This book starts out somewhat normal, as far as dystopians go. We have an isolated village, fenced off from the rest of the world. The rest of the world is full of shambling undead or, as the book likes to refer to them, the Unconsecrated. Okay, cool. Not too bad.
It only gets worse from here.
Mary’s father is missing, presumed dead, possibly unconsecrated. Her parents had a loving marriage despite the fact that the marriages in the town are mostly arranged. The boys in the town get to pick which girls they wish to marry. With minimal courtship and theatrical ceremony, they are bound together in holy matrimony for the rest of their lives. Mary, of course, has a crush on a certain boy, Travis, who she wishes to catch the eye of. Unfortunately, his brother, Harry, called dibs. Harry’s proposal delays her and when her undead father comes to the fence, it drives her mother into a frenzy. Her mother is bitten.
The village is run by a group of creepy nuns, they take Mary’s mother in and allow her to chose if she wishes for a clean death or to become unconsecrated. In her grief, Mary’s mother chooses to stay with her husband and join the legion of the undead. Mary stands vigil as she sickens and turns, out of respect. Mary is then cast into the Sisterhood by her brother as he blames her for their mother’s demise.
In the sisterhood, Mary is rebellious and unbelieving of her fate and everything the Sisterhood tells her. When her crush is in a terrible accident, he is brought to a nearby chamber where Mary nurses him back to health and creates intricate stories to whisper to him in the dark. She’s head over heels by the time the mystery deepens.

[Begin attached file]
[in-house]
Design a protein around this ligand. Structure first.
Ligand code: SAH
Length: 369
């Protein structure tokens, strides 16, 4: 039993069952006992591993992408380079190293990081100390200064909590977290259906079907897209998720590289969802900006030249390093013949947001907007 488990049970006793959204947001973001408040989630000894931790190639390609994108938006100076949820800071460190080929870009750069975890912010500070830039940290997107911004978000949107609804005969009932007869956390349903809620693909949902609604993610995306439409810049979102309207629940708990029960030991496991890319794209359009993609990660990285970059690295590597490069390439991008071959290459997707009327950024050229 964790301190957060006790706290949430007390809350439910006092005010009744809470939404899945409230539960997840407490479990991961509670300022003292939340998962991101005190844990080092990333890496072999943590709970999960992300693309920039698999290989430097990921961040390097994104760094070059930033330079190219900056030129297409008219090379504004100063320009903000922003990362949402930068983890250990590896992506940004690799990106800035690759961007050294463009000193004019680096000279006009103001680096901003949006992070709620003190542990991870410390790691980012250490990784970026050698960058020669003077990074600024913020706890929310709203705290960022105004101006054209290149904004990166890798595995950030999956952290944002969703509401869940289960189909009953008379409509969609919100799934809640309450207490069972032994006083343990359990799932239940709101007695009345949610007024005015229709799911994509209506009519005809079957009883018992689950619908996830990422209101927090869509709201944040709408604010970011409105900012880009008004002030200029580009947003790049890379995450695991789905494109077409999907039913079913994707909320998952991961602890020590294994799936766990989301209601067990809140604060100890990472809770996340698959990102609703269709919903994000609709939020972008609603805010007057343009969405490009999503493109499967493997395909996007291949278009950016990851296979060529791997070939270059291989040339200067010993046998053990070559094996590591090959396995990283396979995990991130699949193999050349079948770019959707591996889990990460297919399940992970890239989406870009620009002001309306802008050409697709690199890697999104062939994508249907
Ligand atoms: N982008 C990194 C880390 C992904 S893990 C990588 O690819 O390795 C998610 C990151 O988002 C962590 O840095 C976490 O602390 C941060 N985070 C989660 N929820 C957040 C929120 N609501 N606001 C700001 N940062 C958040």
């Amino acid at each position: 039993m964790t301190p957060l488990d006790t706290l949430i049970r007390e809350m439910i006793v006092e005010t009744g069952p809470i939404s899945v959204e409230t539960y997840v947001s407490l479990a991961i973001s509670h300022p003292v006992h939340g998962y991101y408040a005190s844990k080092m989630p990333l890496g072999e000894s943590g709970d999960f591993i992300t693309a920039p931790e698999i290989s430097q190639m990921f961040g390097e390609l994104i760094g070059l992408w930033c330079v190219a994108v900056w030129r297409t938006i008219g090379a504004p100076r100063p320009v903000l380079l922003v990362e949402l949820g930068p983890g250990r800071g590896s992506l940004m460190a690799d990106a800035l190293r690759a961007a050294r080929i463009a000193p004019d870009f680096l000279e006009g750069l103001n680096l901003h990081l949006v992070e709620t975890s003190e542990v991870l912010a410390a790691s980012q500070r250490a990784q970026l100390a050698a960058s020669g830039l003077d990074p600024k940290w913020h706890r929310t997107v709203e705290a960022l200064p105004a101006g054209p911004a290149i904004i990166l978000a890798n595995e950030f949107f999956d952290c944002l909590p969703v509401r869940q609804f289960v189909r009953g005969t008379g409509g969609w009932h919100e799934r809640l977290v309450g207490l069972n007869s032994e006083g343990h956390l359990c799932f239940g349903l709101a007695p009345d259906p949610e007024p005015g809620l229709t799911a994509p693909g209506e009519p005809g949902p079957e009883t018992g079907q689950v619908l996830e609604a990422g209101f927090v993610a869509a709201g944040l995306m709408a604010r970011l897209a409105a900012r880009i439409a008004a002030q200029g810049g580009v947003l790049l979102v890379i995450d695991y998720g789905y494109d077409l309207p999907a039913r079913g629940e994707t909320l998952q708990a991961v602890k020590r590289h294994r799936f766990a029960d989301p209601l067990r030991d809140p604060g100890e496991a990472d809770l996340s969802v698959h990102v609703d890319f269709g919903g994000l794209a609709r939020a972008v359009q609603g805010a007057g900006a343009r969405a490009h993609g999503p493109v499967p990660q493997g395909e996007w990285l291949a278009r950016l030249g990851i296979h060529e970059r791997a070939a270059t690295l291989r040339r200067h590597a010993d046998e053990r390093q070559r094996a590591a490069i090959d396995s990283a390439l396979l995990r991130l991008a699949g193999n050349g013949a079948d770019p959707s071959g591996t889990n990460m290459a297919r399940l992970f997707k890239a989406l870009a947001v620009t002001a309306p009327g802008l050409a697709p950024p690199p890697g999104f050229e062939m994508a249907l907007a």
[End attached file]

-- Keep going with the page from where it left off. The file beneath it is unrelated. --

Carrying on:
A stranger appears! But, there is supposed to be nothing out there, beyond the fence.
Mary, I should mention, is obsessed with the ocean. To her very core she needs to see the ocean and nothing will stop her. Knowing that people can travel about without becoming undead only adds fuel to the fire.
The evil Sisterhood eventually brings the unconsecrated down upon the village. And so, with no village to go back to, Mary heads out onto a fenced in path away from the city. Travis, Cass (her best friend and Travis’s betrothed, even though she’s in love with Harry), Harry, her brother, and her brother’s wife all end up tagging along with. There is still plenty of mystery and tragedy during their travels.
At one point, they find another village. Upon investigating, they turn up so many undead that they are forced to take shelter. Mary ends up with Travis, playing house. Yet all she can think of is to be morose and fatalistic. Instead of spending the hours doing exactly what she wanted to do to begin with, she spends them thinking about the lives of the undead outside and how exactly to leave and get to the ocean. Seriously. She now has everything she ever wanted before they left the village and all she can think of is getting to the ocean. Someone needs to slap her.
This wasn’t what I was expecting from a zombie book at all. The romance was convoluted and over-complicated. Everyone knew who liked whom. They were just making each other miserable. I have no idea why they would do that. They’re supposed to be friends and relatives. Wake up and knock it off!
The action scenes were interesting. I still wanted to find out what happened next.
I want to know where the paths lead, because Mary and company only went down one of them and their mysterious stranger came from another route.
The concept was sound and also interesting. The characters were not. The romance was not. The obvious plot twists were not. The book still had a solid base to work from, the subsequent layers just seemed lazy and less thought out.
SoSo for me. I may or may not pick up the next one in the series. I am curious about the world as a whole, but I really abhor Mary.